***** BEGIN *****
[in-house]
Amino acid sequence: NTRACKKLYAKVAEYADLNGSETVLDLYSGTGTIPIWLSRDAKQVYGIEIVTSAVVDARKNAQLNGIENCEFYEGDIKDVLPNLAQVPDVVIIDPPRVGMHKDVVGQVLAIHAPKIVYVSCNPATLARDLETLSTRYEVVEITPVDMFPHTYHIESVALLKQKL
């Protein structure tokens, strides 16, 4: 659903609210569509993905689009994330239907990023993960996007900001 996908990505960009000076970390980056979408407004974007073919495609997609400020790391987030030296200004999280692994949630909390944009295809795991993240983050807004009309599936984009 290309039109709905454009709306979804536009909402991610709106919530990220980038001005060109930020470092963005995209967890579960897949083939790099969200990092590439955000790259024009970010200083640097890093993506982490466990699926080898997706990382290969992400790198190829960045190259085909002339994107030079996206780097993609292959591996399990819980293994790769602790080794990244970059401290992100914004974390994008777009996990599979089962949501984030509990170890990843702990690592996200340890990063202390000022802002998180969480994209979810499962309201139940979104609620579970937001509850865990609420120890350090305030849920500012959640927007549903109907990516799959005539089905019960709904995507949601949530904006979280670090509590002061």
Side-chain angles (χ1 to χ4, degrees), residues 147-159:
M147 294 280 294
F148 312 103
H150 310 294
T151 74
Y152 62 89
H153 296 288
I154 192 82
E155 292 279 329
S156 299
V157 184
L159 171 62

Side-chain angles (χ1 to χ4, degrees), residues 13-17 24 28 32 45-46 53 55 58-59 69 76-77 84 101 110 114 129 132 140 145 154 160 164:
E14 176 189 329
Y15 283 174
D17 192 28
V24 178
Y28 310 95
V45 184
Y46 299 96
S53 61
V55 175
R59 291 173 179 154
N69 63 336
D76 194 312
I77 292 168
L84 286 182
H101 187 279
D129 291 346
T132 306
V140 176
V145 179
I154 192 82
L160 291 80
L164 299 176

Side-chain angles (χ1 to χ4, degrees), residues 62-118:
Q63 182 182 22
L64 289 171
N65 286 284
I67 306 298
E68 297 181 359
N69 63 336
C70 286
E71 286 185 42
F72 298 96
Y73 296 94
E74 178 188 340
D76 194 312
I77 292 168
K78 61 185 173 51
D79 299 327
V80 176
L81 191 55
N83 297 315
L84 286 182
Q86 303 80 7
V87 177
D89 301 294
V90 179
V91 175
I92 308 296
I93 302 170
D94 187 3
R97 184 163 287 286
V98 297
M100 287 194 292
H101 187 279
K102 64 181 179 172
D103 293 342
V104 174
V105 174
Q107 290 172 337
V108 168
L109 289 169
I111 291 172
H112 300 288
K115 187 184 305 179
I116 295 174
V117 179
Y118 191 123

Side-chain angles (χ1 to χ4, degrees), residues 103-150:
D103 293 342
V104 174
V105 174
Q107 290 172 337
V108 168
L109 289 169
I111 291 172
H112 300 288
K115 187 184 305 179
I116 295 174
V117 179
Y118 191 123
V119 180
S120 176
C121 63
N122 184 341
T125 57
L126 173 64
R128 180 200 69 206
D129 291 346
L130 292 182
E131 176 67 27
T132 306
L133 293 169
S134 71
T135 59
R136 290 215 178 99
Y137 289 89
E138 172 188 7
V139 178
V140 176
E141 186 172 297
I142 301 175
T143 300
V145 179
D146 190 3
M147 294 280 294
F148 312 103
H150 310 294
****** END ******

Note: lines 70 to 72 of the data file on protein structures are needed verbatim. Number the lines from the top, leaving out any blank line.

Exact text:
H101 187 279
K102 64 181 179 172
D103 293 342